At the general election, the party was hesitant to back renationalisation plans in full and instead recommended that public TOCs should be able to bid for expired franchises alongside private companies, without being prioritised.

A spokesman for the Rail Delivery Group – representing Network Rail and TOCs – said the UK rail network is “vitally important” and better than others around the world because of the “winning combination of private sector competition and government funding”.

But Corbyn told the Independent that there was “overwhelming support from the British people for a People’s Railway, better and more efficient services, proper integration and fairer fares”.

He added: “On this issue, it won’t work to have a nearly-but-not-quite position. Labour will commit to a clear plan for a fully integrated railway in public ownership.”

The party’s taskforce to develop further plans will be headed by Greenwood, who will welcome contributions from transport and disability-access campaigners, passenger groups, councils, rail industry representatives and employees in order to establish an “inclusive process”.

Labour is set to consider the NEC statement this morning, and Corbyn will give his speech at 2.30pm in his first conference as party leader.


Pete Thorpe   29/09/2015 at 18:46

Will renationalisation include all of the signalling, p-way, electrification, E & P and civils design, installation and maintenance companies as well? If not, why not as these were all part of the previous nationalised railway, and if so how are they going to do that as many are part of global multi-discipline corporations based in other countries.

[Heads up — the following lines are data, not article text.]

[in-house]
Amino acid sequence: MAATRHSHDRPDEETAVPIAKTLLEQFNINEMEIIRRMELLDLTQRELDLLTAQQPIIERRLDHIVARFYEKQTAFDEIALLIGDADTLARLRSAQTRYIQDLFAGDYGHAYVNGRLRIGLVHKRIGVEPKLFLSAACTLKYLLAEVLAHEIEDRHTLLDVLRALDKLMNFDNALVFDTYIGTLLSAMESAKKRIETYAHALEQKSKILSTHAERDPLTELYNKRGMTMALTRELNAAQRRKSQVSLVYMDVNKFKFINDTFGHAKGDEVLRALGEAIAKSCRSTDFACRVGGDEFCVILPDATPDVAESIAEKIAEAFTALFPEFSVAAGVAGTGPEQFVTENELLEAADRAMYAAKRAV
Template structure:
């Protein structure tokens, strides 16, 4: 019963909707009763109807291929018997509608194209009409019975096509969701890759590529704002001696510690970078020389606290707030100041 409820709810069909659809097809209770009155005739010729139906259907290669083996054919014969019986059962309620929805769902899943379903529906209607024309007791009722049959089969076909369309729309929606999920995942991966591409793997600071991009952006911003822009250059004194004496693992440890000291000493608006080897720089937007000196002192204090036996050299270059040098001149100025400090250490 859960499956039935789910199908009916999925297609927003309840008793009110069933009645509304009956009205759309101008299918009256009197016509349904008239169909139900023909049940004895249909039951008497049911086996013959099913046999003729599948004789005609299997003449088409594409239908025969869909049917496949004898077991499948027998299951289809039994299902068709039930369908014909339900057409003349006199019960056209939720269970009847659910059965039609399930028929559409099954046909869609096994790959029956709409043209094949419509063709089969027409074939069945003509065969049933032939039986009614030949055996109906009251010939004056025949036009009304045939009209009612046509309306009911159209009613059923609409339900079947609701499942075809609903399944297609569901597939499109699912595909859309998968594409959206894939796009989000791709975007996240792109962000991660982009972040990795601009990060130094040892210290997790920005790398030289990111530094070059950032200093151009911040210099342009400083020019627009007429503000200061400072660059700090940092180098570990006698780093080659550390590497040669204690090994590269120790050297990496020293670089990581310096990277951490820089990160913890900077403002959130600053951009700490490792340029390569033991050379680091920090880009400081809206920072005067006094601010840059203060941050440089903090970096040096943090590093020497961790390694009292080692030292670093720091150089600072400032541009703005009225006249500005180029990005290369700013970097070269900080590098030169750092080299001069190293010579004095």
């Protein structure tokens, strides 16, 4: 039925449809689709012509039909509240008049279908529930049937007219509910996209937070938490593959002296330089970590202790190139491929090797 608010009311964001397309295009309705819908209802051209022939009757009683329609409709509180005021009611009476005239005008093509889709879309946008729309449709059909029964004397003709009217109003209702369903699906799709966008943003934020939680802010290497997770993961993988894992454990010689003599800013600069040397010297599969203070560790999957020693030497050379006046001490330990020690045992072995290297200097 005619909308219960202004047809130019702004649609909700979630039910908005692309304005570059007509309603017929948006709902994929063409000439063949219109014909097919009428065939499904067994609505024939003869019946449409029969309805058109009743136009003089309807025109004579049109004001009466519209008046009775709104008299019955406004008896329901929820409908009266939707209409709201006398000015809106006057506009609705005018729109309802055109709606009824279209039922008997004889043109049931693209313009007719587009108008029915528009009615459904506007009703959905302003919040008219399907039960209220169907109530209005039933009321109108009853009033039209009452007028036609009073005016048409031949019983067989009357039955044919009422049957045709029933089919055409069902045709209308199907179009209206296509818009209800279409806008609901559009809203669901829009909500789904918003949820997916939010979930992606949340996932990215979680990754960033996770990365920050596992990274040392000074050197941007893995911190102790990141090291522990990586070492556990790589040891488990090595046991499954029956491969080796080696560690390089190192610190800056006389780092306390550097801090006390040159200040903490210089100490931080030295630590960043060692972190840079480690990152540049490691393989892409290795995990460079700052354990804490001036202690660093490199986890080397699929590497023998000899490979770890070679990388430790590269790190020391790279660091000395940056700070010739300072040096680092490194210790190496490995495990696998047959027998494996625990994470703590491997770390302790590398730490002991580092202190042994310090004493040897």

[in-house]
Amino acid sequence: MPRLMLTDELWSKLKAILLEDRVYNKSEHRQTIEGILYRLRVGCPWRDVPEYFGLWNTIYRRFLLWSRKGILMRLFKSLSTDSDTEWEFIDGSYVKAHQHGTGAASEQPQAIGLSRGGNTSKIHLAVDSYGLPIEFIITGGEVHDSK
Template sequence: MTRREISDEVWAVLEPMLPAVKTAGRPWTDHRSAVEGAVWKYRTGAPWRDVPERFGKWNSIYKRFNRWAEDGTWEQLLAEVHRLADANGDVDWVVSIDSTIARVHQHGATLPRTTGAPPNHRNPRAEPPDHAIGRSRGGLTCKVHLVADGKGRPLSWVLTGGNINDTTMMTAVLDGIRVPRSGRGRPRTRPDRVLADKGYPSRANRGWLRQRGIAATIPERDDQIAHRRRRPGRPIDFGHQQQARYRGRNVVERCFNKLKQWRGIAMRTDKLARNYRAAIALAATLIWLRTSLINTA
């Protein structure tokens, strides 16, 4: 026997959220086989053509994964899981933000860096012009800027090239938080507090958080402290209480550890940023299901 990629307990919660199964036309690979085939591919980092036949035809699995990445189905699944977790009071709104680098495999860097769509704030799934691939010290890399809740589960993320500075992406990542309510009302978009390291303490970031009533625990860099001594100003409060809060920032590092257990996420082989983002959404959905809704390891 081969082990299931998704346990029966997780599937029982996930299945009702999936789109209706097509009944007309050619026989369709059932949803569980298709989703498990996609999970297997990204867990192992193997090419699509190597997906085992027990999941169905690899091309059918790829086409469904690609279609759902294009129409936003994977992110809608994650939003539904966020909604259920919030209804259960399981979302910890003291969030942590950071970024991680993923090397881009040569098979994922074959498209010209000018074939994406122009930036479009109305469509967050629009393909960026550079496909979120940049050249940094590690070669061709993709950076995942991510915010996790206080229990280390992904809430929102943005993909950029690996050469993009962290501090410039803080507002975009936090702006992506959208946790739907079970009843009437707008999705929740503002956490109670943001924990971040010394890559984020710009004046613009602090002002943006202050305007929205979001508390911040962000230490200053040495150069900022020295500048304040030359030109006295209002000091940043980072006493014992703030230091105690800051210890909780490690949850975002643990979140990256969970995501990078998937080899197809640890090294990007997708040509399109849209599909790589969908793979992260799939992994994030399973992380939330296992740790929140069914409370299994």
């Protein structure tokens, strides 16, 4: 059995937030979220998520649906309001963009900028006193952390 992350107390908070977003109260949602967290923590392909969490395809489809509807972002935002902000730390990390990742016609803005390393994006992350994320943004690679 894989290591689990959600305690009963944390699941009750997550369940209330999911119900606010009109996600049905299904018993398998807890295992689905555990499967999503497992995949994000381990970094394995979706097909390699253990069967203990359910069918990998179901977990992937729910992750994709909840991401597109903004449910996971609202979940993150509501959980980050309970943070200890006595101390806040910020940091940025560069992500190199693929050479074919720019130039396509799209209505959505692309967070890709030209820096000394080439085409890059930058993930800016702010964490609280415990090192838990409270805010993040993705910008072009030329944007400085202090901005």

Neil Palmer   30/09/2015 at 01:13

Wasn't the whole franchise system and separation of track & train brought in to comply with EU laws/regulations in the first place? Has Labour forgotten something?

Joel   30/09/2015 at 10:56

All the EU requires, in over-simple terms, is the separation of wheel and track - no train operator may own, operate, amend, install or maintain infrastructure, thereby preventing any equality of access to all operators (of all classes of train) and in line with the EU principles of 'inter-operability'. The State can own both wheels (trains and train services) and track (infrastructure and stations) but both must be separate, in ownership structure and operation. This still happens in France and Germany among other EU member states!

Pedr   14/10/2015 at 22:53

There seems no ethical problem with the state owning the infrastructure and others running vehicles on it. The original British Railways trains were commonly not of the standard served by say, Virgin, today. That said, there are some discreditable corners run by Pacers or ancient 158s. Again, there are a few original companies that were never nationalised and which still seem to run acceptable quality services in remote places. Why meddle with them?